The Crucible at the National Theatre Review – Amy van Rensburg

The much anticipated production from the National Theatre opened earlier this year in September. Many people were eager to buy tickets to what they assumed would be a masterful performance of Arthur Miller’s tragic play due to the ingenious Lyndsey Turner being set to direct the performance. However, while some fans enjoyed Turner’s take on the Crucible, many were left disappointed after seeing the unusual character interpretations and questionable, constantly changing accents which some actors had for their characters. One of the most notable differences was Brendan Cowell’s of John Proctor, while it wasn’t entirely awful, it did cause certain moments during the production to lack the much needed drama and effect, for example Brendan’s delivery of the famous line ‘because it is my name’ wasn’t a loud cry of agony, emphasizing Proctor’s demise and loss, but instead was delivered as a mere whisper with Brendan’s voice breaking. This caused the audience to be mostly unmoved and for the most renowned line in the entire play to be wasted. 


When speaking to Miss van Barthold (an experienced director and teacher of drama)  she agreed with the viewpoint that Brendan Cowell’s interpretation of John Proctor was much different to how he was described in the play and how Proctor had been played by other actors in previous productions. However, while she too was disappointed with Brendan Cowell’s performance, she informed me that she was particularly impressed by the actress of Mary Warren (Rachelle Diedricks), who is still a relatively unknown actress but was nevertheless able to show Mary’s distress and corruption from hysteria with clarity which, according to Miss van Barthold, “completely encompassed the nature and themes of the play.”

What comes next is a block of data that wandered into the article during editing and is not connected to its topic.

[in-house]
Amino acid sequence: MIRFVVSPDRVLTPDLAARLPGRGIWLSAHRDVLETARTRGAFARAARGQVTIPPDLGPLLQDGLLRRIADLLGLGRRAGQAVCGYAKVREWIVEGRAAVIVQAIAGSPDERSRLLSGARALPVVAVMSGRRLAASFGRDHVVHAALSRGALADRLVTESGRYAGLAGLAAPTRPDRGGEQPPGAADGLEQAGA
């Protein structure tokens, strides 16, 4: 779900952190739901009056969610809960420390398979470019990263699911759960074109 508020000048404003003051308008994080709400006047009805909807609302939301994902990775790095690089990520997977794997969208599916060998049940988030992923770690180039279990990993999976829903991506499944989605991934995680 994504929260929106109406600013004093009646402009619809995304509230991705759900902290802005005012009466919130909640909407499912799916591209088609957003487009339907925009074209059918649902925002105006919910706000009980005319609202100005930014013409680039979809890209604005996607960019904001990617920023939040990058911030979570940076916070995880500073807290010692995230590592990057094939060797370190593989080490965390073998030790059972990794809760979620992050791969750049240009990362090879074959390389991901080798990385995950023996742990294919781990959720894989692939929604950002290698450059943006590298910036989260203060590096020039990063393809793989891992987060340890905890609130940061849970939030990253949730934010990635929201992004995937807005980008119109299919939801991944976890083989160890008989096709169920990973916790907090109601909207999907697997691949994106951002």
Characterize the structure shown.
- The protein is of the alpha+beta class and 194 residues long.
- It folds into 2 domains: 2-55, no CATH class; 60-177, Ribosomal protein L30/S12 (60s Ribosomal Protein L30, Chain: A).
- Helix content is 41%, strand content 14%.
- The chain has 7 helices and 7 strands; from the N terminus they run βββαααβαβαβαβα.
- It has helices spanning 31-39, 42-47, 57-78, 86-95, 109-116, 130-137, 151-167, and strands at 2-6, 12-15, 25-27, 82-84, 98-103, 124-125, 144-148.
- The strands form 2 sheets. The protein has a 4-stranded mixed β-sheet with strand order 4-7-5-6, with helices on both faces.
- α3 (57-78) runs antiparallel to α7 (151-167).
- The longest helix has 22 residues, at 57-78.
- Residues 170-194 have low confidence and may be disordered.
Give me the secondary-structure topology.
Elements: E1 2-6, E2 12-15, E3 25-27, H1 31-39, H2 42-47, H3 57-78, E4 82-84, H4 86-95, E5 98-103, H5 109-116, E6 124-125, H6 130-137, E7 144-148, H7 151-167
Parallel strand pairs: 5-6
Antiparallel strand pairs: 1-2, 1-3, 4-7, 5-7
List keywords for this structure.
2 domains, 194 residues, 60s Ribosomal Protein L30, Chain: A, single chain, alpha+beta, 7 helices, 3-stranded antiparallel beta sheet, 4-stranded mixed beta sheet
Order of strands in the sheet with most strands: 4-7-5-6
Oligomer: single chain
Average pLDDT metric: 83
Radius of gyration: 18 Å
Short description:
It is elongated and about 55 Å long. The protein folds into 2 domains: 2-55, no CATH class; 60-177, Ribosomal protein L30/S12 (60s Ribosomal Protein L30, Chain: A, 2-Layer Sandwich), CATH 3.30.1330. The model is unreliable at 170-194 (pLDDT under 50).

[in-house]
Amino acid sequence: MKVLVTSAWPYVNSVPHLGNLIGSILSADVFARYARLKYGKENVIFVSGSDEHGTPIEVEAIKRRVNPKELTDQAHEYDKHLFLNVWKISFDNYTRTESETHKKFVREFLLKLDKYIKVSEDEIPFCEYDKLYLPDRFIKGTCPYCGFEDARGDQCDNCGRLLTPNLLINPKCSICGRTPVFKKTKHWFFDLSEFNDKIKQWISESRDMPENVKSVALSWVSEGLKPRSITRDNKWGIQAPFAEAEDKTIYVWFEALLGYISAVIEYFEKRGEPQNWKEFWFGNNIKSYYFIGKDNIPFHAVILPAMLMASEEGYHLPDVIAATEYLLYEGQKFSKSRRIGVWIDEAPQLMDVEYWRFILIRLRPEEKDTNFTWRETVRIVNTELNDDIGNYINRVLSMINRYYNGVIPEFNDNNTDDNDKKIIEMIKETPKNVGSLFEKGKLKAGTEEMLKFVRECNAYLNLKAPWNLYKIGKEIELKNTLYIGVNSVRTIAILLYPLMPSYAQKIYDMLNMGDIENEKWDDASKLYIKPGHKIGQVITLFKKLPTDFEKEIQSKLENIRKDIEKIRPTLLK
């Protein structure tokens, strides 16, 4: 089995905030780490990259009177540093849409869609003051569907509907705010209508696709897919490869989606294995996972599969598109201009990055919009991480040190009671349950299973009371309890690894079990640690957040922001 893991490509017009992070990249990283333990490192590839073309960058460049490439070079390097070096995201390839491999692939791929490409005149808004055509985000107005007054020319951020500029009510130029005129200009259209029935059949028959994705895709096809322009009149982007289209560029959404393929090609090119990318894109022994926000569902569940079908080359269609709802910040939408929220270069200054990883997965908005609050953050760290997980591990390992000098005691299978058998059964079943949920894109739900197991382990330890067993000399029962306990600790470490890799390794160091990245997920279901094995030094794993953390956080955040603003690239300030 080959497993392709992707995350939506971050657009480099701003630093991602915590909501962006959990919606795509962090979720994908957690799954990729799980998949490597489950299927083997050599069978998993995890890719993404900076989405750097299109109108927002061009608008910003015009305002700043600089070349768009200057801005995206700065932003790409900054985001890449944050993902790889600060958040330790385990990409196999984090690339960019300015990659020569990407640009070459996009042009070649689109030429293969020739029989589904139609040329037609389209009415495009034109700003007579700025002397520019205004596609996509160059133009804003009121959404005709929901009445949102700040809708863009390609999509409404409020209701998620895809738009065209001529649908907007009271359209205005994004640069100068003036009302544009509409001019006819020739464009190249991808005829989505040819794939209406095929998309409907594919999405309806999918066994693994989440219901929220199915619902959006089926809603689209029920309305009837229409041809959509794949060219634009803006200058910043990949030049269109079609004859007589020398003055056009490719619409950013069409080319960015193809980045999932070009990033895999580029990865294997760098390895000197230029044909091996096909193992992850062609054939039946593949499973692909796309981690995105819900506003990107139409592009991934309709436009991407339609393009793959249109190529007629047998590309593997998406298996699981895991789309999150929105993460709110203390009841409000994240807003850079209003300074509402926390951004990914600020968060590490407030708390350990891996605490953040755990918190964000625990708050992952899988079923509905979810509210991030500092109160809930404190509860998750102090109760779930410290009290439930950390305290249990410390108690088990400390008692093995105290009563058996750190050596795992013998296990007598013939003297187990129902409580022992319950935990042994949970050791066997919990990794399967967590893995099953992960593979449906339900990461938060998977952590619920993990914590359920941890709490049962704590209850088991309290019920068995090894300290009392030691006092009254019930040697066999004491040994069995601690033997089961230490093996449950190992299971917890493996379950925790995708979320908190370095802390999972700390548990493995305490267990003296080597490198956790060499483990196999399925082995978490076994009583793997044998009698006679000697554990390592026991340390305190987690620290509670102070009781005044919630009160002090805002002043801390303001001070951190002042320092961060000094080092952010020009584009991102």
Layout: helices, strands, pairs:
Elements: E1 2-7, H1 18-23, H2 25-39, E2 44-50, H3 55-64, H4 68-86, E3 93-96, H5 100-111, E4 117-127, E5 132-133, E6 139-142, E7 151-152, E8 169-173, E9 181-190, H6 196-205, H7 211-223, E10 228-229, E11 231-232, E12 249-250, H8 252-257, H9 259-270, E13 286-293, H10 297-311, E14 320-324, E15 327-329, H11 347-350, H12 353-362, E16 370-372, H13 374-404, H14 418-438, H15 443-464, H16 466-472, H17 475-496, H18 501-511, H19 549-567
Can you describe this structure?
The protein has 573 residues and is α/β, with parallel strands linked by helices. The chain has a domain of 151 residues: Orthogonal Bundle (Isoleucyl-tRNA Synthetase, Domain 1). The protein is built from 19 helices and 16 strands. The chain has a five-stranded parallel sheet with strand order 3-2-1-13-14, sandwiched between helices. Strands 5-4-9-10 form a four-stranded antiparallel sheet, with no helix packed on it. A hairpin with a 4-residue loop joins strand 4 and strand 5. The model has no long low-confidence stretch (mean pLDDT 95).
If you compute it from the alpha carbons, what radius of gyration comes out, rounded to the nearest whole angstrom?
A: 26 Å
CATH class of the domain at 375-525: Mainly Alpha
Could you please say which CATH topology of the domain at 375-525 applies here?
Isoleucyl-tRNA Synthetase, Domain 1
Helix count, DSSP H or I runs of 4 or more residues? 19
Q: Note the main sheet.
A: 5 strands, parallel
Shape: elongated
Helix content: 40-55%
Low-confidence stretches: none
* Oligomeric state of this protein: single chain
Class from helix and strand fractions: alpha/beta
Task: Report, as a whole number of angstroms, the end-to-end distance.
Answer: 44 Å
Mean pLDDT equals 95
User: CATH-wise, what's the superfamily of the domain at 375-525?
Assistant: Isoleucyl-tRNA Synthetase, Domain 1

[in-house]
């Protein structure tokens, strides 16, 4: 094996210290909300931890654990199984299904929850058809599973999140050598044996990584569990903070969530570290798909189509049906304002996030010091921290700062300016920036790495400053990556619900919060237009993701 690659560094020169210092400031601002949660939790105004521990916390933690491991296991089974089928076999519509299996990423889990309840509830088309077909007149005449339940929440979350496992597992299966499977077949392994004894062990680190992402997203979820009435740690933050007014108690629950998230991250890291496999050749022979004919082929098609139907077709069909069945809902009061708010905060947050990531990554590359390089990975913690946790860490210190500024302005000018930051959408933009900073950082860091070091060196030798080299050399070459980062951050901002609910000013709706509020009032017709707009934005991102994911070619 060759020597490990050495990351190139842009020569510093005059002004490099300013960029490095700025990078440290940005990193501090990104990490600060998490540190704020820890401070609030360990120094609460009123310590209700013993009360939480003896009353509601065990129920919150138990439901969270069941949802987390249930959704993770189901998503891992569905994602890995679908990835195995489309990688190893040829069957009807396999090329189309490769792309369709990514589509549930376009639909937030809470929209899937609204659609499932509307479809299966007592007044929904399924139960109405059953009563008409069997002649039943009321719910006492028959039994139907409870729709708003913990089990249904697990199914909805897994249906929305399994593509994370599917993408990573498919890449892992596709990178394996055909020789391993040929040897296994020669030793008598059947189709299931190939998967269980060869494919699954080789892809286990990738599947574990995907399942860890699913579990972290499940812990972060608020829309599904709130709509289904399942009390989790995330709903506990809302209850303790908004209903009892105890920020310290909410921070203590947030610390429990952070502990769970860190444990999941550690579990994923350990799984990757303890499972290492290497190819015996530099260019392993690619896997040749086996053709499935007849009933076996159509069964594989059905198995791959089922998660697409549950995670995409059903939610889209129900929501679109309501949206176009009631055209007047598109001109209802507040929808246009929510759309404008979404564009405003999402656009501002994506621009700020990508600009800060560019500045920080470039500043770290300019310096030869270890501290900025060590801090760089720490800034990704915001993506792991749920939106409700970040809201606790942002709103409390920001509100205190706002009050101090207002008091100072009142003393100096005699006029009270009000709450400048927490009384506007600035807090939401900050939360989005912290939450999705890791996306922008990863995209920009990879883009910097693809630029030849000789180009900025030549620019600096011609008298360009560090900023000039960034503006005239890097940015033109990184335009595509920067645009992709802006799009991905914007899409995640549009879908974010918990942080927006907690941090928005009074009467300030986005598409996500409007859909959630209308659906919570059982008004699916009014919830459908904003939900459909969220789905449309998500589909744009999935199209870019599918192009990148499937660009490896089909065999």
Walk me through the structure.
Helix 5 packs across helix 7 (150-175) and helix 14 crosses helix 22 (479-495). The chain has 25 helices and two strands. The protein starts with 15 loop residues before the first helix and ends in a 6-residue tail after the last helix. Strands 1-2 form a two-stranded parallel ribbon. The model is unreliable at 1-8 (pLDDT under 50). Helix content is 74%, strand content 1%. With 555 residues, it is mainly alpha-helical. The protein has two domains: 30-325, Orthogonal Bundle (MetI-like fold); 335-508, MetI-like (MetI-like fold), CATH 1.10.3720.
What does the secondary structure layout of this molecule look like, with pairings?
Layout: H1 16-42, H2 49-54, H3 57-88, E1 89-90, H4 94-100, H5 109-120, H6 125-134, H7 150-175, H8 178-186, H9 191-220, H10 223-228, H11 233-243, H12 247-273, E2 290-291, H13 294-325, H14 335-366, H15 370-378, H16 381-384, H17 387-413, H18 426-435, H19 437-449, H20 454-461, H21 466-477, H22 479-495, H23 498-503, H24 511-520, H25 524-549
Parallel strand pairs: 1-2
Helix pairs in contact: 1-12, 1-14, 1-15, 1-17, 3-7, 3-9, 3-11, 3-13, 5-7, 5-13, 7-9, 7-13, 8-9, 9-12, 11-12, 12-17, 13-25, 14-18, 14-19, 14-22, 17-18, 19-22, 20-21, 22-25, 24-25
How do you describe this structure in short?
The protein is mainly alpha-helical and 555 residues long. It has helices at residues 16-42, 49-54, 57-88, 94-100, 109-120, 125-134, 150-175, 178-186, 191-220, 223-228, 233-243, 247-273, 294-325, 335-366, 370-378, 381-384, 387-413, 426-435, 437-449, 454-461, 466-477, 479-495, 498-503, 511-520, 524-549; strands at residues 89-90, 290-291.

There were also many other phenomenal performances from actors which gripped me as an audience member, such as Nick Fletcher as Reverend Parris, Karl Johnson as Giles Correy and Eileen Walsh as Elizabeth Proctor.


However, despite the incredible performances from those actors, what particularly stood out to me was the astonishing set, sound and lighting design, from Es Devlin, Paul Arditti, Tim Lutkin, Caroline Shaw, Osnat Schmool, Alice Grant, Ellie Wintour and Tingying Dong. At the beginning and end of each act there was a huge water feature which bordered the entire stage, adding tension and drama to the production at the perfect moments, foreshadowing the imminent doom of the play. There was also a live choir at the very back of the stage, hidden in the shadows, singing psalms when needed which stunned the audience time and time again with its haunting beauty and effect. 


Despite the lacking performances from some actors, Turner’s version of the play was still spectacular, allowing Arthur Miller’s stunning play to be brought back to life once more. 

Richmond and Twickenham Times | Theatre